The world health body says that if current trends continue, women could soon be on par with men in terms of rates of death due to smoking, creating what one expert called "a very perverse equality."
"The tobacco industry is spending heavily on seductive advertisements that target women - especially in low and middle income countries. The advertisements try to dupe women into believing that tobacco use is associated with beauty and liberation," Dr. Douglas Bettcher, Director of the WHO Tobacco Free Initiative, told a recent press briefing in Geneva. "In effect they have had to offshore their marketing strategies, look for greener pastures."
Of the world's more than one-billion smokers, only about 200 million are women - but WHO warns those numbers could change rapidly.
Experts believe the tobacco industry has made the shift towards women and young adults in order to compensate for the drop off in tobacco use from smokers who have died from cancer, emphysema, heart attacks, stroke, asthma, tuberculosis and other tobacco-related diseases. One WHO expert accused the major tobacco companies of using "predatory marketing strategies" to lure women in developing countries into taking up the smoking habit, adding that state-owned tobacco companies tend to be less aggressive than the multinationals.
Said Bettcher: "They need to always be refreshing these pools and that's why they are looking to low and middle income countries over the last decade - looking at new populations such as young women to light up and support their profit motives."
Among the venues used to lure women and young girls to tobacco are women's magazines and the fashion industry, WHO says. "The industry has studied what makes women 'tick' in the developed and developing countries," said the WHO's Peju Olukoya, adding that they use sporting and music events that draw many young people. In some countries, free cell phones and text messaging campaigns are used heavily to promote cigarettes.
In Egypt, one WHO expert said, tobacco companies are trying to lure more women by producing cigarette packages to resemble perfume boxes. In Nigeria, cigarette companies build stalls with branded umbrellas and even fund school supplies. "As a result of this, the acceptability for the use of cigarettes by women is gradually increasing., In the past cigarettes have always been associated with the red light district in town," said Olukoya, a native of Nigeria.
She added that Big Tobacco sends confusing messages in many developing countries - by promoting slimness in cultures where this is not necessarily valued and by putting forward smoking as liberating. As for messaging to young men: "It's all about the macho..a big man smokes a big cigarette."
Bettcher says the industry's marketing strategy is having its desired impact. In half of the 151 countries surveyed by WHO, about as many girls smoke as boys. "In some of the countries, in fact, even more girls smoke than boys." Countries where there are more girl smokers than boy smokers include: Uruguay, Mexico, Cook Islands, Croatia, Argentina, Senegal, Chile, Colombia and Bulgaria.
Said Bettcher of the rise of female smokers: "This is a serious red flag. It could mean that we are on the cusp of a much worse global tobacco epidemic amongst women. Girls and boys who smoke are likely to remain smokers as adults."
Bettcher said that one can expect "an explosion" in adult women's tobacco use rates in the coming years. "We simply cannot allow this trend to continue. All governments must take action to protect women from tobacco advertising and promotional sponsorship.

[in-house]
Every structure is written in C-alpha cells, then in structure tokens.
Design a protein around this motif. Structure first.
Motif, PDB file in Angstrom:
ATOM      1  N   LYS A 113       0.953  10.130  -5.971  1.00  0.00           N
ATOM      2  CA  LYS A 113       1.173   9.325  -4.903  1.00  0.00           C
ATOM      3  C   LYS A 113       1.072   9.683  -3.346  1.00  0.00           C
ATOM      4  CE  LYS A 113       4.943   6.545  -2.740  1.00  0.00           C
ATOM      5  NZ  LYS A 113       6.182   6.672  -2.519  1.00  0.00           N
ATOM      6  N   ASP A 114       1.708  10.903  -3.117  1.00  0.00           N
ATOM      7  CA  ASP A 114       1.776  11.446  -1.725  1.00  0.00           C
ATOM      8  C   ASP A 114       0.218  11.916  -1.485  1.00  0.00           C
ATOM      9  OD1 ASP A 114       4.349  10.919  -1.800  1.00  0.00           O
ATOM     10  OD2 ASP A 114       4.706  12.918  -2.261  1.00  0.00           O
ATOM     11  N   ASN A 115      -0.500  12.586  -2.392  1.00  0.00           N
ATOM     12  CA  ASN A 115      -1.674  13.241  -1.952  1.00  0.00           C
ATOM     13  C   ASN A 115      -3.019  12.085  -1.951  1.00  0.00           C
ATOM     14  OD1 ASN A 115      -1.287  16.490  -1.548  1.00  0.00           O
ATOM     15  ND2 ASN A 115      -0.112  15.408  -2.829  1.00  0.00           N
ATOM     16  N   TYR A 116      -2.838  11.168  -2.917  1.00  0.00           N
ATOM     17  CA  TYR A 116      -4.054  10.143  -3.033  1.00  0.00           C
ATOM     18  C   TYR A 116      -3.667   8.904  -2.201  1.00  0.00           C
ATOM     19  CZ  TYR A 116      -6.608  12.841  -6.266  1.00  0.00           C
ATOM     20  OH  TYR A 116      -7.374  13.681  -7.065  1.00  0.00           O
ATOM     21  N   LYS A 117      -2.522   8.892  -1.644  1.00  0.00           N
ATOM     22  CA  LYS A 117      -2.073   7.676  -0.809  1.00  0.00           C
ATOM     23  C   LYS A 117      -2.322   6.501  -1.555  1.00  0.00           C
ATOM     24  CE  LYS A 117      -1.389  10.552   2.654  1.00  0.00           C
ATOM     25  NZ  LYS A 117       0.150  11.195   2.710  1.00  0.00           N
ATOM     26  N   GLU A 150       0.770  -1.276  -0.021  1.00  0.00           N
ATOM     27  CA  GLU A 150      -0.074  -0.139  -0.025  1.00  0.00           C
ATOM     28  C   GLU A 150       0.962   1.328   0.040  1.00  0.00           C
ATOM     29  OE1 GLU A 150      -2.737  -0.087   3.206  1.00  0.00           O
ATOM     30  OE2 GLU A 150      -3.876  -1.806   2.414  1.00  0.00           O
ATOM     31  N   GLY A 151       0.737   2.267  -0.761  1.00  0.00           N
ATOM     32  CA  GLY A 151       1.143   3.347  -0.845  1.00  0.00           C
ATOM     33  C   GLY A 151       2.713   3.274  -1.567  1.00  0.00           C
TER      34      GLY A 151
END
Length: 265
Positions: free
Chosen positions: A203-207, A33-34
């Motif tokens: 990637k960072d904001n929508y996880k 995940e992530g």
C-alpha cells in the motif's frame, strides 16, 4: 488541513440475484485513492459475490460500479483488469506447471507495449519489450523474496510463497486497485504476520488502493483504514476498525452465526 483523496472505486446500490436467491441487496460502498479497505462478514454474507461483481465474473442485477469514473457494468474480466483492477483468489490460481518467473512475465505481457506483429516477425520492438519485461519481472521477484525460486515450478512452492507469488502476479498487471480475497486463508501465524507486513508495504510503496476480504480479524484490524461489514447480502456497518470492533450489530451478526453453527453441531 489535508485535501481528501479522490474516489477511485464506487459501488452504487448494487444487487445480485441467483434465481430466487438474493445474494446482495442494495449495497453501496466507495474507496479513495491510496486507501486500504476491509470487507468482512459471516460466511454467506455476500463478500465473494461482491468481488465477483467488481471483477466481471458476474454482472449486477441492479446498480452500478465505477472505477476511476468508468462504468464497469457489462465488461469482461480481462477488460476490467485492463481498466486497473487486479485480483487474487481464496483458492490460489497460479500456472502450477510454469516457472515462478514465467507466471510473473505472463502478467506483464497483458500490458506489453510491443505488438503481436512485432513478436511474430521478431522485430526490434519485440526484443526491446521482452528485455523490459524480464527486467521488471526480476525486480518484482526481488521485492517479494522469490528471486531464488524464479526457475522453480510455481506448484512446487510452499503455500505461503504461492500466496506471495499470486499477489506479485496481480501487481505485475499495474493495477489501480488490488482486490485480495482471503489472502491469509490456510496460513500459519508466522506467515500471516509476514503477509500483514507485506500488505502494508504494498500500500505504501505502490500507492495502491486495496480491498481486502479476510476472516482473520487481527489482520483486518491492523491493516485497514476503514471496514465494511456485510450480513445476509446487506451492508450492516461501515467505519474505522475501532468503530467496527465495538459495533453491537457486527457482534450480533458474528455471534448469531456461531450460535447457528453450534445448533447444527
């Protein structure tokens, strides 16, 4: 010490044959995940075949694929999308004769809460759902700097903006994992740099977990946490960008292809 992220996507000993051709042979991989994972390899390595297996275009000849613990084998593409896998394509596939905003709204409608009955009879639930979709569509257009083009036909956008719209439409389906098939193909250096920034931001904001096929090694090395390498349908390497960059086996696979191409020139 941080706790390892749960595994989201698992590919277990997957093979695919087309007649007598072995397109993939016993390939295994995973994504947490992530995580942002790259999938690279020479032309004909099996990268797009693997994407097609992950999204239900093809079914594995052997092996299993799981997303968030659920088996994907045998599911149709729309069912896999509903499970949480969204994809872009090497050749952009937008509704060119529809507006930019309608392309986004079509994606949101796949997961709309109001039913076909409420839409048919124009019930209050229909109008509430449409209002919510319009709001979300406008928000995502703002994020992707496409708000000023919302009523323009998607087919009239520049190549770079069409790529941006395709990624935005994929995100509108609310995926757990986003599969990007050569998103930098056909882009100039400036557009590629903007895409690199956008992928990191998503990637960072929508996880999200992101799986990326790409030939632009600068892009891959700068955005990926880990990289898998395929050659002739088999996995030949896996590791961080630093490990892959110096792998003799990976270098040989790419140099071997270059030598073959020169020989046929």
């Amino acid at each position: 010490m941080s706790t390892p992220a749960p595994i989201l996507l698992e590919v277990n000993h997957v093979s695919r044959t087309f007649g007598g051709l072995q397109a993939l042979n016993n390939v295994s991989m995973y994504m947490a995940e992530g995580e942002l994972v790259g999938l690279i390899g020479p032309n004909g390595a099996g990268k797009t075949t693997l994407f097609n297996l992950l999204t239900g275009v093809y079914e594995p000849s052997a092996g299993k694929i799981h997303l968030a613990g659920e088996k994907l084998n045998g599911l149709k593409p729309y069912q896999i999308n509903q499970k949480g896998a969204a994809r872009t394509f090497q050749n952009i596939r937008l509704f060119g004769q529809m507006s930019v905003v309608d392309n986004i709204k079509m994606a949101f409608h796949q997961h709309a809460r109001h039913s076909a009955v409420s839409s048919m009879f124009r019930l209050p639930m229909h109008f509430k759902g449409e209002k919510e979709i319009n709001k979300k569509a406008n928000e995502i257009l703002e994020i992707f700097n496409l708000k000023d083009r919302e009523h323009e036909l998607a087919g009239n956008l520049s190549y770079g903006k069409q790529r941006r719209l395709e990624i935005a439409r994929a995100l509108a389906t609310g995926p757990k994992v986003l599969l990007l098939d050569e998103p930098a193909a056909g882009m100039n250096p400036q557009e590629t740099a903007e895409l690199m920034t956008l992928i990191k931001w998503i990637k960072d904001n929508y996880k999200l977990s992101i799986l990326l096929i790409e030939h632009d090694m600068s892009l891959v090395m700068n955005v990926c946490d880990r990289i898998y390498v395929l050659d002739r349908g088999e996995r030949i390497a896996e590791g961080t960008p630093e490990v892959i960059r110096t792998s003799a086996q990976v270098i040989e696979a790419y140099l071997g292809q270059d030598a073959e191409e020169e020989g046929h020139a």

"We must empower women to protect themselves and their families from the harms of tobacco use."
Bettcher added that women need to be protected from second hand smoke, especially in countries where women feel powerless. Smoke-free areas in restaurants and help to cope with addiction are among the steps recommended.
Of the 430,00 adults who die from second-hand smoke each year, well over half - 64 percent - are women. And of the more than 5 million people who die from tobacco use each year, about 1.5 million are women. "Most of these tobacco-related deaths occur in low and middle income countries, which can least afford such dreadful losses," said Bettcher.
By 2030, there could be as many as 8 million people who die from tobacco, of which 2.5 million will be amongst women.
In the Asia-Pacific region, more than 8 per cent of girls between 13 and 15, or around 4.7 million girls, are using tobacco products, said WHO.
Betcher called the new trends - where women became as likely as men to die of smoke-related reasons - a "very perverse equality."
WHO chose as the theme for the recent World No Tobacco Day 2010 as "Gender and Tobacco With an Emphasis on Marketing to Women." WHO recommends that tobacco advertising and sponsorship should be completely banned. In the US alone, 11 percent of advertising and promotional expenditures in 1996 came from the tobacco industry; in 2005 $13.11 billion was spent on tobacco advertising and promotions.
In 2006, only 17 countries in the world had comprehensive bans against tobacco advertising, and Bettcher said some wealthy countries "dont do very well" in terms of enforcing bans. In response to bans, tobacco companies have become more sophisticated, turning to such tactics as product placement in movies and sponsorships of popular events.
That tobacco companies are tailoring their marketing strategies increasingly towards women in developing countries is nothing new. In 2003, the American Cancer Society flagged the issue as very serious. "The tobacco industry has intensified its marketing strategies -- especially those targeting women -- in developing countries,” said Michael J. Thun, vice president of epidemiology and surveillance research for the American Cancer Society. “International measures such as the WHO Framework Convention on Tobacco Control are essential to help countries protect themselves.”